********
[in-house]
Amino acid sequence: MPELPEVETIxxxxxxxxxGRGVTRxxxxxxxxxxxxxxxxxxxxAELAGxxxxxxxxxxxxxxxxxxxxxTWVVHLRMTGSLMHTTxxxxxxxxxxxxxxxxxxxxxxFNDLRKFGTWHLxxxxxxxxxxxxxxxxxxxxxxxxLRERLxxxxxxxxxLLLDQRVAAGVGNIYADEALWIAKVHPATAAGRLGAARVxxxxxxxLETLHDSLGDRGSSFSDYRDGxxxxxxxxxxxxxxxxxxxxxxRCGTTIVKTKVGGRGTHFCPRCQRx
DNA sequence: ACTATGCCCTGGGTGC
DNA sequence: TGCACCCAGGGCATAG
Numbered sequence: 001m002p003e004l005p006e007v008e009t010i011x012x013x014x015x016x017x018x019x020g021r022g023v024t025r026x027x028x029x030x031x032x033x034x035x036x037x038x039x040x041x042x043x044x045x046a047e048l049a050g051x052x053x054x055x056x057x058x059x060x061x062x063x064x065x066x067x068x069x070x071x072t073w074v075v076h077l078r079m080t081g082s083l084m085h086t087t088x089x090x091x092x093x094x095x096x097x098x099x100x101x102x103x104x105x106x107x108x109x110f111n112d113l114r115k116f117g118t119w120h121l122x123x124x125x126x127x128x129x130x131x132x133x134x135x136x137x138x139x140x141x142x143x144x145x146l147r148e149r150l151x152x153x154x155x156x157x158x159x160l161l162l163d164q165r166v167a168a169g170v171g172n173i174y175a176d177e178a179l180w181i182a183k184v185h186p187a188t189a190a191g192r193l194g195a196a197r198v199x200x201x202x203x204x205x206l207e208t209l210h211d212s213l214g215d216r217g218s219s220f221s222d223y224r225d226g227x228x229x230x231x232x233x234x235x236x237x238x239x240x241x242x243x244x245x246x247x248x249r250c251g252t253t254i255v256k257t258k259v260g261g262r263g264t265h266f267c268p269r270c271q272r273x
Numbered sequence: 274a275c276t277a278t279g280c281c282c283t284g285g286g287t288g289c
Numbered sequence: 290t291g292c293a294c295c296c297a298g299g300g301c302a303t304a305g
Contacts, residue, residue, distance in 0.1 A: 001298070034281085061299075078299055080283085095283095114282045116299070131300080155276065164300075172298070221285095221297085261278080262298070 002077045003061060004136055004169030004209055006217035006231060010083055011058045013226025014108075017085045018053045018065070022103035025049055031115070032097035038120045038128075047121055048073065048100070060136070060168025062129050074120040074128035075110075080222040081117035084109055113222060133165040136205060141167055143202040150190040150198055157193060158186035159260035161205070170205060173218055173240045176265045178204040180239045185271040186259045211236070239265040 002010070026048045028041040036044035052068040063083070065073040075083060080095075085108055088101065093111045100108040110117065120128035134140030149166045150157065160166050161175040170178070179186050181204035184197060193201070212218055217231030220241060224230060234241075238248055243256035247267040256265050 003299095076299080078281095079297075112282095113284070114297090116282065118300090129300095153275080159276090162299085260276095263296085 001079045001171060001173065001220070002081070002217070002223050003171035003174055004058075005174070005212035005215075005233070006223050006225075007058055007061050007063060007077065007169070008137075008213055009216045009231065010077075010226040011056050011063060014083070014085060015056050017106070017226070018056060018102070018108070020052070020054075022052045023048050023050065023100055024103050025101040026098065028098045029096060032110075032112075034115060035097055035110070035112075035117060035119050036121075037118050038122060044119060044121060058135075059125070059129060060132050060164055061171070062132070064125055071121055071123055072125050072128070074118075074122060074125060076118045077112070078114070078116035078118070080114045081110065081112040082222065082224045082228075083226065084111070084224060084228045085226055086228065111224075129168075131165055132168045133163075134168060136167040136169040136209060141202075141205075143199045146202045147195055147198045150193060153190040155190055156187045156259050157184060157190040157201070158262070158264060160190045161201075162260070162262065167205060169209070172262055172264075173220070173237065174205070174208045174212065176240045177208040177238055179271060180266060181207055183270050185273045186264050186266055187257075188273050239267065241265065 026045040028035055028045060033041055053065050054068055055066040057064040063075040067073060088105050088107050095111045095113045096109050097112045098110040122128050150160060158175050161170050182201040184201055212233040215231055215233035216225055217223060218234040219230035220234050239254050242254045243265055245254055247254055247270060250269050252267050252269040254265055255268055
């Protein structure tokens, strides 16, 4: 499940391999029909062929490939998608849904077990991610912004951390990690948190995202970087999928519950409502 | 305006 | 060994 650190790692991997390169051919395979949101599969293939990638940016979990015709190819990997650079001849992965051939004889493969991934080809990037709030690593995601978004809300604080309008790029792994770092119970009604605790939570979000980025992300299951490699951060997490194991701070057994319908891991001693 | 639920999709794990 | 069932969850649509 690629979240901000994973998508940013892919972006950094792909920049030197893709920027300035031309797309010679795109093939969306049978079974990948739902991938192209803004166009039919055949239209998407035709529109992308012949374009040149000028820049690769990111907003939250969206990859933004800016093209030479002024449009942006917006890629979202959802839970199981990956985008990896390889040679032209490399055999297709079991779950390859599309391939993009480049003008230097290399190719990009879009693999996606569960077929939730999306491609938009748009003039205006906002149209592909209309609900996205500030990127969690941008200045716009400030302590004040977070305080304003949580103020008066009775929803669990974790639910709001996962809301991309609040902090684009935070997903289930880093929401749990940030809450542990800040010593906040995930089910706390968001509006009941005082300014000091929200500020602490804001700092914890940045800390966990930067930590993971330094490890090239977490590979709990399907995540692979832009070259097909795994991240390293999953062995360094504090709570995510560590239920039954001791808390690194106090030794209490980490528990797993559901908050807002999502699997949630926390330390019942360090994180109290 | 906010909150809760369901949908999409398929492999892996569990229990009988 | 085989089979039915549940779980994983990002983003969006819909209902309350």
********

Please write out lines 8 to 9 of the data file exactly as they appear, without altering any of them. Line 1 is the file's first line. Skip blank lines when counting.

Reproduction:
Contacts, residue, residue, distance in 0.1 A: 001298070034281085061299075078299055080283085095283095114282045116299070131300080155276065164300075172298070221285095221297085261278080262298070 002077045003061060004136055004169030004209055006217035006231060010083055011058045013226025014108075017085045018053045018065070022103035025049055031115070032097035038120045038128075047121055048073065048100070060136070060168025062129050074120040074128035075110075080222040081117035084109055113222060133165040136205060141167055143202040150190040150198055157193060158186035159260035161205070170205060173218055173240045176265045178204040180239045185271040186259045211236070239265040 002010070026048045028041040036044035052068040063083070065073040075083060080095075085108055088101065093111045100108040110117065120128035134140030149166045150157065160166050161175040170178070179186050181204035184197060193201070212218055217231030220241060224230060234241075238248055243256035247267040256265050 003299095076299080078281095079297075112282095113284070114297090116282065118300090129300095153275080159276090162299085260276095263296085 001079045001171060001173065001220070002081070002217070002223050003171035003174055004058075005174070005212035005215075005233070006223050006225075007058055007061050007063060007077065007169070008137075008213055009216045009231065010077075010226040011056050011063060014083070014085060015056050017106070017226070018056060018102070018108070020052070020054075022052045023048050023050065023100055024103050025101040026098065028098045029096060032110075032112075034115060035097055035110070035112075035117060035119050036121075037118050038122060044119060044121060058135075059125070059129060060132050060164055061171070062132070064125055071121055071123055072125050072128070074118075074122060074125060076118045077112070078114070078116035078118070080114045081110065081112040082222065082224045082228075083226065084111070084224060084228045085226055086228065111224075129168075131165055132168045133163075134168060136167040136169040136209060141202075141205075143199045146202045147195055147198045150193060153190040155190055156187045156259050157184060157190040157201070158262070158264060160190045161201075162260070162262065167205060169209070172262055172264075173220070173237065174205070174208045174212065176240045177208040177238055179271060180266060181207055183270050185273045186264050186266055187257075188273050239267065241265065 026045040028035055028045060033041055053065050054068055055066040057064040063075040067073060088105050088107050095111045095113045096109050097112045098110040122128050150160060158175050161170050182201040184201055212233040215231055215233035216225055217223060218234040219230035220234050239254050242254045243265055245254055247254055247270060250269050252267050252269040254265055255268055
């Protein structure tokens, strides 16, 4: 499940391999029909062929490939998608849904077990991610912004951390990690948190995202970087999928519950409502 | 305006 | 060994 650190790692991997390169051919395979949101599969293939990638940016979990015709190819990997650079001849992965051939004889493969991934080809990037709030690593995601978004809300604080309008790029792994770092119970009604605790939570979000980025992300299951490699951060997490194991701070057994319908891991001693 | 639920999709794990 | 069932969850649509 690629979240901000994973998508940013892919972006950094792909920049030197893709920027300035031309797309010679795109093939969306049978079974990948739902991938192209803004166009039919055949239209998407035709529109992308012949374009040149000028820049690769990111907003939250969206990859933004800016093209030479002024449009942006917006890629979202959802839970199981990956985008990896390889040679032209490399055999297709079991779950390859599309391939993009480049003008230097290399190719990009879009693999996606569960077929939730999306491609938009748009003039205006906002149209592909209309609900996205500030990127969690941008200045716009400030302590004040977070305080304003949580103020008066009775929803669990974790639910709001996962809301991309609040902090684009935070997903289930880093929401749990940030809450542990800040010593906040995930089910706390968001509006009941005082300014000091929200500020602490804001700092914890940045800390966990930067930590993971330094490890090239977490590979709990399907995540692979832009070259097909795994991240390293999953062995360094504090709570995510560590239920039954001791808390690194106090030794209490980490528990797993559901908050807002999502699997949630926390330390019942360090994180109290 | 906010909150809760369901949908999409398929492999892996569990229990009988 | 085989089979039915549940779980994983990002983003969006819909209902309350």